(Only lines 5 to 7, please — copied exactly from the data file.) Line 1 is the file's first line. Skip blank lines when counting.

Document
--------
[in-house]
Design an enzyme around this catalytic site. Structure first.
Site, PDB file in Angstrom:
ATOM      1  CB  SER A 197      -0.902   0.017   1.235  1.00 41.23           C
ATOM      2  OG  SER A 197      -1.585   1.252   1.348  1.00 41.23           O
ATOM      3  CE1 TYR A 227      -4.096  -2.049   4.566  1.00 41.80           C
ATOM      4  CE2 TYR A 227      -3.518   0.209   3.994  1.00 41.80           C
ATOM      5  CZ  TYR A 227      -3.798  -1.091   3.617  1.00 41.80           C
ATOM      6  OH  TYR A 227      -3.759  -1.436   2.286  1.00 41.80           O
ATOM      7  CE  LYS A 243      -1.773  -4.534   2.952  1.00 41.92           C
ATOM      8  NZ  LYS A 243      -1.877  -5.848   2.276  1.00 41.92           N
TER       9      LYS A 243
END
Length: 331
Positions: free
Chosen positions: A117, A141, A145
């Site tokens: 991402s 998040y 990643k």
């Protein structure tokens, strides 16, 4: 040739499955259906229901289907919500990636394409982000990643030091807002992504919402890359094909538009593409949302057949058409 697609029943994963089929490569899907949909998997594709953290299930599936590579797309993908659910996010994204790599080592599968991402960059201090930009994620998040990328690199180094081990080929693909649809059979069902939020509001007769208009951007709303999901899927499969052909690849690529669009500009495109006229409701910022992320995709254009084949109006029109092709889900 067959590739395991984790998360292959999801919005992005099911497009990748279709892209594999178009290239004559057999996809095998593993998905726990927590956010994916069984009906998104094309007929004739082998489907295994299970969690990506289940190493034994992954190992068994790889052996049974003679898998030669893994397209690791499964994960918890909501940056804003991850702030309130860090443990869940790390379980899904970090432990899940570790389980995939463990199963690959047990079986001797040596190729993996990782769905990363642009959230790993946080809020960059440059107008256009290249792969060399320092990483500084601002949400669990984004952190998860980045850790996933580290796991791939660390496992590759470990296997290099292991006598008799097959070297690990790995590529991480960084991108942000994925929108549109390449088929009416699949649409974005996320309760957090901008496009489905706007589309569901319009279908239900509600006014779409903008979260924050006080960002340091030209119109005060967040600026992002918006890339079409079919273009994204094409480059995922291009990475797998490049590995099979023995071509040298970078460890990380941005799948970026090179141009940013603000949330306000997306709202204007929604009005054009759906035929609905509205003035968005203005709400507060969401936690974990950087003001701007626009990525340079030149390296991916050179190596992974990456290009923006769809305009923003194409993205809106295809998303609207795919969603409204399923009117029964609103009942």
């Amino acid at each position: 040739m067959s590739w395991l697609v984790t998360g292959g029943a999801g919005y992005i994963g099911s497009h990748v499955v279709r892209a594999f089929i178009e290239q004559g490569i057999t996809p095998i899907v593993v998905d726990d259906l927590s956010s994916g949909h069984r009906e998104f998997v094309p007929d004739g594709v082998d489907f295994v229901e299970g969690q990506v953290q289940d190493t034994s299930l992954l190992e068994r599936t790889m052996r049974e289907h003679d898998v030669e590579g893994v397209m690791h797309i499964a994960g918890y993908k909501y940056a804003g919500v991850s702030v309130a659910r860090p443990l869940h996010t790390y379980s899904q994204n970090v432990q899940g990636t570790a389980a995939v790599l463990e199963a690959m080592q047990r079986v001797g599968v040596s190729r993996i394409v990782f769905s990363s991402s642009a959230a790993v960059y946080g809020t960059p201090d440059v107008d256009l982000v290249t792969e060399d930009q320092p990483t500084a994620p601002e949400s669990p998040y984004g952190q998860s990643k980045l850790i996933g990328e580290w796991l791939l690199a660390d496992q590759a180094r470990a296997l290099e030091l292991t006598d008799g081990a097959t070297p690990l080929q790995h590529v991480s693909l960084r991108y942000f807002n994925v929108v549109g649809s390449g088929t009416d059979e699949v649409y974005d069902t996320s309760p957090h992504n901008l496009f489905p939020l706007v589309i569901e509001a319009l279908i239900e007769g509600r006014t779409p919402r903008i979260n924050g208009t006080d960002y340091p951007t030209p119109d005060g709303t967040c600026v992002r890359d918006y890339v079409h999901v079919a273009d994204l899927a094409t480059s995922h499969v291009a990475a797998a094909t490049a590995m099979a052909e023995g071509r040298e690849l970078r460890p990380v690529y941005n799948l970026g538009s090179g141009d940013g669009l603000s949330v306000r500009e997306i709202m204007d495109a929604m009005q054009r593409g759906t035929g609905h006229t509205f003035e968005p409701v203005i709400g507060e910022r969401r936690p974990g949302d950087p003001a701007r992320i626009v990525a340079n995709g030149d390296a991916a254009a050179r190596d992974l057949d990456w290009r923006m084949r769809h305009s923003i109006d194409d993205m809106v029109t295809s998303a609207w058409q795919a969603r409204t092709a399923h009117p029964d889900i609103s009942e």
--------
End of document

ATOM      2  OG  SER A 197      -1.585   1.252   1.348  1.00 41.23           O
ATOM      3  CE1 TYR A 227      -4.096  -2.049   4.566  1.00 41.80           C
ATOM      4  CE2 TYR A 227      -3.518   0.209   3.994  1.00 41.80           C